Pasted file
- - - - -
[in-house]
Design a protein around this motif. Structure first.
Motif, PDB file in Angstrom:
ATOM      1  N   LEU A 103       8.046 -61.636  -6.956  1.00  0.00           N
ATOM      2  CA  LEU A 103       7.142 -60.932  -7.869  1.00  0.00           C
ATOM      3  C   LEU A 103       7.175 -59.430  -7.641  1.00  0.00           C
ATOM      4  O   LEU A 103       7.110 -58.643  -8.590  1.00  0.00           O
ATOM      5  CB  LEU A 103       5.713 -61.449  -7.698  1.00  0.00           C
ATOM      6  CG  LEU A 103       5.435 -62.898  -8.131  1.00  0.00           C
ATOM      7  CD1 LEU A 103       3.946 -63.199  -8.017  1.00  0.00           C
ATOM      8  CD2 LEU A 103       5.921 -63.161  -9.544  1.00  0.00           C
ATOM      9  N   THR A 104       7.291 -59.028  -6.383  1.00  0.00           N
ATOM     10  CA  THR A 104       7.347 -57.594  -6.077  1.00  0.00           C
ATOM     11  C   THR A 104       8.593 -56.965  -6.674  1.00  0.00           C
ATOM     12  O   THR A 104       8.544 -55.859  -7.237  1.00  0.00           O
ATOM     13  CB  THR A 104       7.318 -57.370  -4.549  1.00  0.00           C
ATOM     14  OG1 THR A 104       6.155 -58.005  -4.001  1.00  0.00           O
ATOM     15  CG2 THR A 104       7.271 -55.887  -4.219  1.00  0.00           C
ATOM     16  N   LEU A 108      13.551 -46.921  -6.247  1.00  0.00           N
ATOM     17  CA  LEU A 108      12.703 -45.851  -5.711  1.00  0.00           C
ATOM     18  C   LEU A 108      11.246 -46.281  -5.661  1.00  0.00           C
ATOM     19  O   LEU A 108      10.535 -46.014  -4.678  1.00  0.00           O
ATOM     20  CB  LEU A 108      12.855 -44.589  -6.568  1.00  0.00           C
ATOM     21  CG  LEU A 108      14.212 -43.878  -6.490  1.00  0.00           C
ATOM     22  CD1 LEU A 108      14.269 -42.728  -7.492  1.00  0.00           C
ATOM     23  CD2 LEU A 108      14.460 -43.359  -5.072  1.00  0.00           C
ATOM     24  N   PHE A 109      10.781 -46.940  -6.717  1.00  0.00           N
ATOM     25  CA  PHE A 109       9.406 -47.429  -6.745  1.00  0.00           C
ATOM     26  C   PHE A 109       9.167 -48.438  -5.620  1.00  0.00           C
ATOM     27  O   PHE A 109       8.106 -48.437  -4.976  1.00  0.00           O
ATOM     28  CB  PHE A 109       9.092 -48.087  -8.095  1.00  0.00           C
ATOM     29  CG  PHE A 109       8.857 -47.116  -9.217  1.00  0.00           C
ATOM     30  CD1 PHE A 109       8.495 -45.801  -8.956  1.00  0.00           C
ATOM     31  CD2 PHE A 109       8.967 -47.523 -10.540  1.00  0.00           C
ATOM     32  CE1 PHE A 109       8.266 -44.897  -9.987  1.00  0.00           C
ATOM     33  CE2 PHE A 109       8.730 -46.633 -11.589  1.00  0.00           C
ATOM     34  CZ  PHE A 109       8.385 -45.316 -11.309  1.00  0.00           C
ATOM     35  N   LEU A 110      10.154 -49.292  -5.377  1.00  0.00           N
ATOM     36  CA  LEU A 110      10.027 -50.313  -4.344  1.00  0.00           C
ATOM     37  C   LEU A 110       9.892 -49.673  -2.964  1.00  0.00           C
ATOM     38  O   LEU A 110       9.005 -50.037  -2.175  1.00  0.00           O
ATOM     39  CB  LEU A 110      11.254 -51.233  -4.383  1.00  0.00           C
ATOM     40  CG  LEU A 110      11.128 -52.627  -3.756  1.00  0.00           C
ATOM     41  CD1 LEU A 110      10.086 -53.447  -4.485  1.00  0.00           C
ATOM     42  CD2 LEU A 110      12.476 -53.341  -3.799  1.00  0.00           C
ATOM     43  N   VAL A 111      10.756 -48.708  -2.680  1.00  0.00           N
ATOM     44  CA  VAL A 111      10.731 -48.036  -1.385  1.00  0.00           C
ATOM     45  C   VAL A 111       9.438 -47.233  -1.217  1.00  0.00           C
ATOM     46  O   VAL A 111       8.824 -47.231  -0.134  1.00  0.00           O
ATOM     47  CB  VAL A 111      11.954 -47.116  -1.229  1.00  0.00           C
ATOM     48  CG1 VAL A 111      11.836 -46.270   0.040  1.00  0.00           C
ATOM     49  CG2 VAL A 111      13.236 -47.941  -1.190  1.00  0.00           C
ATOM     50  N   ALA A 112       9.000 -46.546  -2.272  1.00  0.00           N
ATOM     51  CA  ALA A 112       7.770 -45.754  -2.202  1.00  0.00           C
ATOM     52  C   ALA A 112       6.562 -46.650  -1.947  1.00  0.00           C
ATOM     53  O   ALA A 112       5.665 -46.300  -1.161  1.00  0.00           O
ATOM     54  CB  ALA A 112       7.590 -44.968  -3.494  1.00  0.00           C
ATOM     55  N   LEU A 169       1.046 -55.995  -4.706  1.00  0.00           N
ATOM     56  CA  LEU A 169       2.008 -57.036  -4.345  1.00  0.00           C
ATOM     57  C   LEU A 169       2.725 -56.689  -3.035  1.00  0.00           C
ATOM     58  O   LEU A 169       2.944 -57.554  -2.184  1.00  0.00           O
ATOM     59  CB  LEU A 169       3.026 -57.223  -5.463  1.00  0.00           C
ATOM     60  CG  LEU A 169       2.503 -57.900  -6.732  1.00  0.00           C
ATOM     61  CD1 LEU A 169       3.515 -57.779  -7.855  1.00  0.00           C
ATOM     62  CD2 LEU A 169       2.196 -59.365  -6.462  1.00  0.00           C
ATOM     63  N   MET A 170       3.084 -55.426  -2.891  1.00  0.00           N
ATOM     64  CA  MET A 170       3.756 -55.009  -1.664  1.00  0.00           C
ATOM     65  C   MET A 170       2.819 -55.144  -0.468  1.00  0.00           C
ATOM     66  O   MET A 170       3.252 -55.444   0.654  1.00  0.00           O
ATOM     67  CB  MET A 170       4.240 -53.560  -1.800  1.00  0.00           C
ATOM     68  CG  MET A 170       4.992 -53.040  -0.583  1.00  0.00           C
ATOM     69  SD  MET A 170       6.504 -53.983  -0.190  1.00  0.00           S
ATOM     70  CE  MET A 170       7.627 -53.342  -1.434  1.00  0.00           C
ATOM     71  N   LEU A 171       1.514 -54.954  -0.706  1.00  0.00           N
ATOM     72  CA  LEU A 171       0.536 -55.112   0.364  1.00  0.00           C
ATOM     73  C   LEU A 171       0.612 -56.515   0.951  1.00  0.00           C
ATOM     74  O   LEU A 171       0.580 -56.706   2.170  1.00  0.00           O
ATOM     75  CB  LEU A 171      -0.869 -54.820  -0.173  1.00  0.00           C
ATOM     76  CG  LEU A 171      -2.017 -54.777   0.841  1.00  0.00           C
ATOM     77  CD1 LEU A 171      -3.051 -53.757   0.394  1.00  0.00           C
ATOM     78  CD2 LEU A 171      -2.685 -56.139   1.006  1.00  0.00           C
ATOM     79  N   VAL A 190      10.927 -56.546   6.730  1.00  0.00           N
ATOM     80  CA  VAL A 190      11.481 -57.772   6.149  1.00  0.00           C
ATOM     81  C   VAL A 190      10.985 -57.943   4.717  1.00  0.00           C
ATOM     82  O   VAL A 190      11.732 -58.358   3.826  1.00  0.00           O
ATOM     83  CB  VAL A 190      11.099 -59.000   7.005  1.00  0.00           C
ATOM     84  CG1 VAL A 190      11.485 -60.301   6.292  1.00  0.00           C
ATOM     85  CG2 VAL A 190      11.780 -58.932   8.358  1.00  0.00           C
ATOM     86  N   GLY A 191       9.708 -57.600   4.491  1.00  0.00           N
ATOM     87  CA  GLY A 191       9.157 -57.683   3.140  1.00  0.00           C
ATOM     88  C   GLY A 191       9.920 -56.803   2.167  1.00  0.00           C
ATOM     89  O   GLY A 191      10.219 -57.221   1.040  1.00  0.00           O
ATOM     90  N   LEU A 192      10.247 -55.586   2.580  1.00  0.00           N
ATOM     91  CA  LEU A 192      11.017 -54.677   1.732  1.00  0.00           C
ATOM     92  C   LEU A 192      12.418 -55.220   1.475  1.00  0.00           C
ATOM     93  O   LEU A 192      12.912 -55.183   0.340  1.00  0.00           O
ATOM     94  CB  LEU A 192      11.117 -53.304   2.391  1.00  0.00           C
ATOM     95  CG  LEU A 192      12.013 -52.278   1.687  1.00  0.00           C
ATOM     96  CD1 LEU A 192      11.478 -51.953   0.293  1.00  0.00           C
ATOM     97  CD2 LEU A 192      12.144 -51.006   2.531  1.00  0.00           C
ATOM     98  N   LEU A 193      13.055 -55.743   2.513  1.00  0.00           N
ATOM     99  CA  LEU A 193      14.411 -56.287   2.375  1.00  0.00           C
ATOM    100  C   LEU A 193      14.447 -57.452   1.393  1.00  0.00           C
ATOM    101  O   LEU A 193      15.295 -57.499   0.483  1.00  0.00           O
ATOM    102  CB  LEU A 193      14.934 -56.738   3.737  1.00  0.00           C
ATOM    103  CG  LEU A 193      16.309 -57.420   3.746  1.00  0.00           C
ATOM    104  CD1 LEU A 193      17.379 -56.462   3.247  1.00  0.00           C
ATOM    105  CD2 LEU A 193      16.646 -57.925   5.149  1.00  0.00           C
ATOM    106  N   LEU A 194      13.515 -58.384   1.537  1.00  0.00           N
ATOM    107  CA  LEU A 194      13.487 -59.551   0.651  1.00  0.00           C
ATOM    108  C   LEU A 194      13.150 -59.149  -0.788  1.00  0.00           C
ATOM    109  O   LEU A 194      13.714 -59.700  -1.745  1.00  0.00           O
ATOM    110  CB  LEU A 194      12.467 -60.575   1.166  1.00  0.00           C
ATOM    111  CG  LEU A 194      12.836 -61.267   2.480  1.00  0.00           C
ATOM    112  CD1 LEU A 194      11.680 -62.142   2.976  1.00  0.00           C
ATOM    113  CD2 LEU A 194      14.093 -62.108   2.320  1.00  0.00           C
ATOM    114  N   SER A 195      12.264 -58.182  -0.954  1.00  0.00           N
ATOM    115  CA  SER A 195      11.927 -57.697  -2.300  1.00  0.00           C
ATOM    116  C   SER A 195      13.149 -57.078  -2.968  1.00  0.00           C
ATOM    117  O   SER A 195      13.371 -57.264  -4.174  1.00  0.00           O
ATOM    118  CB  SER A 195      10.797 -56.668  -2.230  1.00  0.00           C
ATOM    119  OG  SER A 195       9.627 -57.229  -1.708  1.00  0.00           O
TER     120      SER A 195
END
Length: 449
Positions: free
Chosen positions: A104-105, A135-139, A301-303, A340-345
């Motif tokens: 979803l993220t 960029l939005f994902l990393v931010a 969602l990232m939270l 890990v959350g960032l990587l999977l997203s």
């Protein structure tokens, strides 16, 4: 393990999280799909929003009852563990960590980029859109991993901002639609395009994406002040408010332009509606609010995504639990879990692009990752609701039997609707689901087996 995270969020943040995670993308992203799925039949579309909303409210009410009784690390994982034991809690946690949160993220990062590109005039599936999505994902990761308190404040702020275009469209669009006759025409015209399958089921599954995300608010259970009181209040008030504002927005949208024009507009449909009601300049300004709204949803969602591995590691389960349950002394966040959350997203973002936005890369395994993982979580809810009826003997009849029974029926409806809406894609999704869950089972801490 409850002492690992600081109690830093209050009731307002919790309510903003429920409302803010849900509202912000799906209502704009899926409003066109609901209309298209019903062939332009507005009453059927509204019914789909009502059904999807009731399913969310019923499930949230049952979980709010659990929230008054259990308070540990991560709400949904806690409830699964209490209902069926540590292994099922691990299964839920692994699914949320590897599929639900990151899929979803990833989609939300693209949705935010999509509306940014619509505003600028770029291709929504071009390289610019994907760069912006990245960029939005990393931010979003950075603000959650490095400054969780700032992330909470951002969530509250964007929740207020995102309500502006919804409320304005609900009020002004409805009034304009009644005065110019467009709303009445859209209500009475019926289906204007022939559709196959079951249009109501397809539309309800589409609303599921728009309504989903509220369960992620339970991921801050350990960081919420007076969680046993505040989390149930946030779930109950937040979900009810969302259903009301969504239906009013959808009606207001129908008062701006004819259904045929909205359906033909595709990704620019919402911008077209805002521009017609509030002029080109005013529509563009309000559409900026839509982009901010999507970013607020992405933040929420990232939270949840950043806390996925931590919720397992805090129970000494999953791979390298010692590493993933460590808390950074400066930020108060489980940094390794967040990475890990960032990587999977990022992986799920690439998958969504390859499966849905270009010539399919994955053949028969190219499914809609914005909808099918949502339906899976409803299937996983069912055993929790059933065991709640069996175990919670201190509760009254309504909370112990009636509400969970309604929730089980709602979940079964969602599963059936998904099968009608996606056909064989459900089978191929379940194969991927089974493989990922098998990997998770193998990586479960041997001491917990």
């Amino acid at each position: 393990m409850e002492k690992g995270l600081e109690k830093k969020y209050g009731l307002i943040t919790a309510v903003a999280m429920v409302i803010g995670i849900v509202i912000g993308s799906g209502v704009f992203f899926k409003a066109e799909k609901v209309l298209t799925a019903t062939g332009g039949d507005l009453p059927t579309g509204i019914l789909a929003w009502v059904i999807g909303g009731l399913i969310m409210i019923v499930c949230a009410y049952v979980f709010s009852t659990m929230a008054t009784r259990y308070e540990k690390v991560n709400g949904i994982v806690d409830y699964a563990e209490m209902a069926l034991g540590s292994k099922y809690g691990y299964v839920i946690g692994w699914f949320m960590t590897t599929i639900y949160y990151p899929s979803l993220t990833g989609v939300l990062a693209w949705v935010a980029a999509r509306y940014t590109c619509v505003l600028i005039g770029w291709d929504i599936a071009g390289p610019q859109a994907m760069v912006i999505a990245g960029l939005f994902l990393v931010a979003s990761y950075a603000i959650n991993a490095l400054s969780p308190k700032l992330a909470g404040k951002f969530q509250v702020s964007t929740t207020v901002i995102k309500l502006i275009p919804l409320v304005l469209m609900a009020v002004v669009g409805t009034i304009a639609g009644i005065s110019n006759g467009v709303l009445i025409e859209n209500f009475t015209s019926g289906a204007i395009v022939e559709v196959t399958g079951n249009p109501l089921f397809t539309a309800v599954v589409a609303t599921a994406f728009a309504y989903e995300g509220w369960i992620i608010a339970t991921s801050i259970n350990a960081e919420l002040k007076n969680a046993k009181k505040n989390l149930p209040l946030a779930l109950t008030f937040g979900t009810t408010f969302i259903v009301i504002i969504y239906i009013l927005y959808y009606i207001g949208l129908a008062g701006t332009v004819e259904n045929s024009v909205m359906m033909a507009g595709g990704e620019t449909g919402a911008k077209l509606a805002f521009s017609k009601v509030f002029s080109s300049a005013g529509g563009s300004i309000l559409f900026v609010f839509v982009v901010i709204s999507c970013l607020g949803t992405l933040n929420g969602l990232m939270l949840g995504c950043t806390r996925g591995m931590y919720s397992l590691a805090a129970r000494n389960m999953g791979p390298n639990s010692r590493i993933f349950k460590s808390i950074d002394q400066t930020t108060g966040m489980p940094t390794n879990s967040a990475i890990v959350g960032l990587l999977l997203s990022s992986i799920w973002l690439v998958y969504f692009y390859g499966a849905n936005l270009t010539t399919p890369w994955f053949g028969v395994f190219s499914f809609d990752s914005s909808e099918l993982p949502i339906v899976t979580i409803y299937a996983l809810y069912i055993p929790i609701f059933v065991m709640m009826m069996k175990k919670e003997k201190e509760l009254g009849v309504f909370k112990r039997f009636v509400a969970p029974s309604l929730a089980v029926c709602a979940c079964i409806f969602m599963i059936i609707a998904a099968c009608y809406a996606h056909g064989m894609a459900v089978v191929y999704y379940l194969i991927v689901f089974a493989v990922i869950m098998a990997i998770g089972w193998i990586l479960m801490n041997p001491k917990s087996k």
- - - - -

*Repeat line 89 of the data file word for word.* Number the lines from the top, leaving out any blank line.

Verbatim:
ATOM     86  N   GLY A 191       9.708 -57.600   4.491  1.00  0.00           N